Canoe Targets May for Ad Campaign
That's according to Canoe CEO David Verklin, a panelist at last week's cable show in Washington. Verklin and other cable brass were on hand for the "Economics of the New Advertising Era" session to address how the cable industry intends to preserve and expand its ad revenue base in an era of DVR ad-skipping and the growing use of "over-the-top" Web TV services.
Verklin wasted no time explaining what he’s been up to, announcing the launch in May of Canoe’s first “Community Addressable Messaging” project with the American Express Green and Gold cards. The ad project will target 18 million homes in 370 ad zones via a national ad buy that customizes the message depending on demographics -- the Gold card ad will be sent to upscale zones, and the Green card spot will be delivered to everybody else. [Ed note: Canoe recently clarified that American Express won't be among the initial advertisers for the addressable ad push. Verklin cited American Express as a potential example.]
Canoe, which intends to launch an interactive campaign later this year using Enhanced TV Binary Interchange Format (EBIF), has yet to reveal which programmers will participate in the initial addressable ad campaign. (See Canoe Rows Toward Enhanced TV .)
Verklin meanwhile outlined Canoe’s main opportunities as “addressability, interactivity, and data collection and knowledge.” He views interactivity as a way to bring new advertisers into the market, and even looks to convert traditional direct mail marketing tactics over to cable electronic platforms using request for information (RFI) capabilities.
MSOs also shed some light on their advanced ad activities. Stephen Burke, COO of Comcast Corp. (Nasdaq: CMCSA, CMCSK) and president of Comcast's cable division, said his company expects to outfit 10 million set-tops with EBIF capabilities by year's end. Comcast will use this initial installed base to get its interactive ad activities off the ground.
Time Warner Cable Inc. (NYSE: TWC) COO Landel Hobbs praised both EBIF and the more advanced tru2way platform for adding targeting and addressability to cable's advertising realm. Time Warner is using both to advertise and promote products and services to its installed customer base -- allowing customers to buy premium channels on-demand or to provision other services as needed. “We’re already doing interactive voting on New York 1,” said Hobbes of Time Warner Cable’s New York City area TV station.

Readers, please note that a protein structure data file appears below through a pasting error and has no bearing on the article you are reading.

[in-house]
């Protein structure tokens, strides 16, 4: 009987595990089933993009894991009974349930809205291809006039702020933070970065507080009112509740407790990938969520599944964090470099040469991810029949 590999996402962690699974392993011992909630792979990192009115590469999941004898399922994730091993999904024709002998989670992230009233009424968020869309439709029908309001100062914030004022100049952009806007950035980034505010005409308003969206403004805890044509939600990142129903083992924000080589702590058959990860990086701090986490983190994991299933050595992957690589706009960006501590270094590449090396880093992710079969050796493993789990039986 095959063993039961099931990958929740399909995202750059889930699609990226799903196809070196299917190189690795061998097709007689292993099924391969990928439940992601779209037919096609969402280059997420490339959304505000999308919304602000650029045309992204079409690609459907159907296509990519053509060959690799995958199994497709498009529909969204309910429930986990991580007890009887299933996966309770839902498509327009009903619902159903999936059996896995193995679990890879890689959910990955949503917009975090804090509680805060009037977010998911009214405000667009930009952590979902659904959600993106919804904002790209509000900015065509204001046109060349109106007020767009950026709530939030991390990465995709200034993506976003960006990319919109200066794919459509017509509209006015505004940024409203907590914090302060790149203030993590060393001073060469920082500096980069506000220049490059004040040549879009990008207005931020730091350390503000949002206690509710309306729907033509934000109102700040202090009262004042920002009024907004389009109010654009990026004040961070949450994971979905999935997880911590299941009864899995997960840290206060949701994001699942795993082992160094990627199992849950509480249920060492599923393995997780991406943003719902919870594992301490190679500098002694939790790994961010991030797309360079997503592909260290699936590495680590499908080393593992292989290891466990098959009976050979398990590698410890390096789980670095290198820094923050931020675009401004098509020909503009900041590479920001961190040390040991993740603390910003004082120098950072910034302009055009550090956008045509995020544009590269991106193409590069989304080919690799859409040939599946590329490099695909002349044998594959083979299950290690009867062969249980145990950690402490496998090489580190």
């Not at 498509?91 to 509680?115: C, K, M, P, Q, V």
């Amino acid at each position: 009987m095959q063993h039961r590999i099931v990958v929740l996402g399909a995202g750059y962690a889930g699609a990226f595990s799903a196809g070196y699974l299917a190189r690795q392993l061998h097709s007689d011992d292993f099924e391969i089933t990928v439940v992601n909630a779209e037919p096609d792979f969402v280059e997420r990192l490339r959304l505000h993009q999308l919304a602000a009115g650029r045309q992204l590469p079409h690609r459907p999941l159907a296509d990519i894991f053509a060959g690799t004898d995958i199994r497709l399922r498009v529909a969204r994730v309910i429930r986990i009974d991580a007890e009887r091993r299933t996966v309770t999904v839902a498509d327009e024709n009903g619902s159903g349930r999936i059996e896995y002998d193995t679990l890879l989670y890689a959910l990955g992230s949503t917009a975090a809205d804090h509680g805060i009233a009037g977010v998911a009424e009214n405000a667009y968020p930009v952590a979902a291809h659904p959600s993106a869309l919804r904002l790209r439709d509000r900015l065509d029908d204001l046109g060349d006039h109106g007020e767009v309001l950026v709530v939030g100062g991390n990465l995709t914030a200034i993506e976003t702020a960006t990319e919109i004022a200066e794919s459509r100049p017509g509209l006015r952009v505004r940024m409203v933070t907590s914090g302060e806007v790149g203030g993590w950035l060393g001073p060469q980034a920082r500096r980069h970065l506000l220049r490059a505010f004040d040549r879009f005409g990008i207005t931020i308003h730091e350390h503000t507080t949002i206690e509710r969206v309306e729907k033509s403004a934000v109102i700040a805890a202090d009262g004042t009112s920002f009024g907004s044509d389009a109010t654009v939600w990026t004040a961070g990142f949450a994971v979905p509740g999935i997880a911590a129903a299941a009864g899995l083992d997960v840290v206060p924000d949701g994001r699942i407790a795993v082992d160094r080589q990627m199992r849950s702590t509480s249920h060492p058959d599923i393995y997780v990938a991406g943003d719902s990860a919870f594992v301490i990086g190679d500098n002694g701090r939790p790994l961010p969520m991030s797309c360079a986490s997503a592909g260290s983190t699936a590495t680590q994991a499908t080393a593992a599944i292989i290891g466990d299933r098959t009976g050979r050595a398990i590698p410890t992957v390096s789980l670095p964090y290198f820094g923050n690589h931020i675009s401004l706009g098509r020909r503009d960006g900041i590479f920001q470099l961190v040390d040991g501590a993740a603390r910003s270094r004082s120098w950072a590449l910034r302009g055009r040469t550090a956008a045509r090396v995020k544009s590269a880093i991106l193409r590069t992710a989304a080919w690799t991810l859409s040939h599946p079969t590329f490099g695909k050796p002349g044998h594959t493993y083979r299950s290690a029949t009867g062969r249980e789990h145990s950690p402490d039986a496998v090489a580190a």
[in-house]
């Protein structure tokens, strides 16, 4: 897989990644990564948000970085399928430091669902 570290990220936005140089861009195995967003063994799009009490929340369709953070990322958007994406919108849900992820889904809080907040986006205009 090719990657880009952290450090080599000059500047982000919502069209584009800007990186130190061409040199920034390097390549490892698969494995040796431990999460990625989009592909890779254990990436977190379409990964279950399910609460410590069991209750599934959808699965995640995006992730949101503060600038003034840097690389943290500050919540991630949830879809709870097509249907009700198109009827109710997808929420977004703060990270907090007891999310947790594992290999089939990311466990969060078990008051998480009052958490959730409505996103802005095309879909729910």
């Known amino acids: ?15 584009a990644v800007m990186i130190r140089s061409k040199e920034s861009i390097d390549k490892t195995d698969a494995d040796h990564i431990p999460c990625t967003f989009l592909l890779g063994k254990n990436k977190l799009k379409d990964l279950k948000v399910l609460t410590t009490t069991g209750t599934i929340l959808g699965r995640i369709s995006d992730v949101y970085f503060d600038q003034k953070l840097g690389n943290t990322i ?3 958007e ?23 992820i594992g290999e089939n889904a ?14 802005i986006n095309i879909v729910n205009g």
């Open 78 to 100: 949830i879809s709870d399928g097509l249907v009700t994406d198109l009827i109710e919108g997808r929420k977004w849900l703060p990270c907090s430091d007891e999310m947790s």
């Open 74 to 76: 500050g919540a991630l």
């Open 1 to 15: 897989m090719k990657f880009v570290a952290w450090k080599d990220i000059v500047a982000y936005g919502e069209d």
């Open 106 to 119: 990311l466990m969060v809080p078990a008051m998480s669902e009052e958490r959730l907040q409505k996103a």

Free isn't a business model
The business model for sharing enhanced advertising among MSOs and programmers is still a thorny one, one that represents a potential roadblock.
NBC has moved aggressively to get content online. Universal Television Group president and COO Jeff Gaspin said the media giant is aiming the strategy at viewers hooked into serialized dramas and comedy series, and to provide a place where consumers could go online to view missed episodes.
But not all programmers are following that strategy. David Levy, president of Turner Broadcasting Sales and president of Turner Sports, remarked that sports programming performs well on the Web, but more so as a complement (e.g., through supplemental interviews, profiles, and stats) to the live televised broadcast.
Discovery Communications Inc. (Nasdaq: DISCA, DISCB, DISCK) CEO David Zaslav reinforced what many other programmers said all week: that it's important “to protect the programming assets and the integrity of the business model." But he thinks viewer "authentication" might offer a rational way to solve the business issues as more and more TV fare makes its way to the Web.
Time Warner Cable is testing out the authentication concept with HBO in Wisconsin and may expand adoption when it fleshes out a broader Web TV strategy. (See TWC Scaling Up 'HBO on Broadband' and Cable Web TV: Results May Vary .)
— Patti Reali, Special to Cable Digital News